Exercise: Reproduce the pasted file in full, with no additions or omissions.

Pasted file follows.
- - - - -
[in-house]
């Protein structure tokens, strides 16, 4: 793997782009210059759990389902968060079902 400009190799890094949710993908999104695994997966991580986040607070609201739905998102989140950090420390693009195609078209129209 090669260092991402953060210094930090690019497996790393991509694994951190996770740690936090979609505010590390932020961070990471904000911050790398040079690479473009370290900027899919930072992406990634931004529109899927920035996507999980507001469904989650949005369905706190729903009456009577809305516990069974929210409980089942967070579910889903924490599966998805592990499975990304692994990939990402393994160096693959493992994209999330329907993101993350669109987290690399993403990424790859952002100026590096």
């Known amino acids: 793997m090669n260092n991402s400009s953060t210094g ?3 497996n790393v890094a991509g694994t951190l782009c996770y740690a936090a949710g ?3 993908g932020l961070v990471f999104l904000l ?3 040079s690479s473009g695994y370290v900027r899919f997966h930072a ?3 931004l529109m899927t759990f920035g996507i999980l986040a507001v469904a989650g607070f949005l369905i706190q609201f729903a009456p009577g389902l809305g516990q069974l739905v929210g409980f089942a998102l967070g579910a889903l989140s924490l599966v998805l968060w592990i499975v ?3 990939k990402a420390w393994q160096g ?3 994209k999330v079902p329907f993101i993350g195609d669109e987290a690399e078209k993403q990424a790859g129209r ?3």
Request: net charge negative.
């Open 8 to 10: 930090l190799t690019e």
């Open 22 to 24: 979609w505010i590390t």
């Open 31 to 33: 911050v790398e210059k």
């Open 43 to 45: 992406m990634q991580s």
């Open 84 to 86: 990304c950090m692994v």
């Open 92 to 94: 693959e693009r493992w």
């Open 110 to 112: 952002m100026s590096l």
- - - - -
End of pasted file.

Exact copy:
[in-house]
């Protein structure tokens, strides 16, 4: 793997782009210059759990389902968060079902 400009190799890094949710993908999104695994997966991580986040607070609201739905998102989140950090420390693009195609078209129209 090669260092991402953060210094930090690019497996790393991509694994951190996770740690936090979609505010590390932020961070990471904000911050790398040079690479473009370290900027899919930072992406990634931004529109899927920035996507999980507001469904989650949005369905706190729903009456009577809305516990069974929210409980089942967070579910889903924490599966998805592990499975990304692994990939990402393994160096693959493992994209999330329907993101993350669109987290690399993403990424790859952002100026590096």
């Known amino acids: 793997m090669n260092n991402s400009s953060t210094g ?3 497996n790393v890094a991509g694994t951190l782009c996770y740690a936090a949710g ?3 993908g932020l961070v990471f999104l904000l ?3 040079s690479s473009g695994y370290v900027r899919f997966h930072a ?3 931004l529109m899927t759990f920035g996507i999980l986040a507001v469904a989650g607070f949005l369905i706190q609201f729903a009456p009577g389902l809305g516990q069974l739905v929210g409980f089942a998102l967070g579910a889903l989140s924490l599966v998805l968060w592990i499975v ?3 990939k990402a420390w393994q160096g ?3 994209k999330v079902p329907f993101i993350g195609d669109e987290a690399e078209k993403q990424a790859g129209r ?3």
Request: net charge negative.
């Open 8 to 10: 930090l190799t690019e």
């Open 22 to 24: 979609w505010i590390t």
């Open 31 to 33: 911050v790398e210059k």
């Open 43 to 45: 992406m990634q991580s």
């Open 84 to 86: 990304c950090m692994v």
């Open 92 to 94: 693959e693009r493992w």
């Open 110 to 112: 952002m100026s590096l």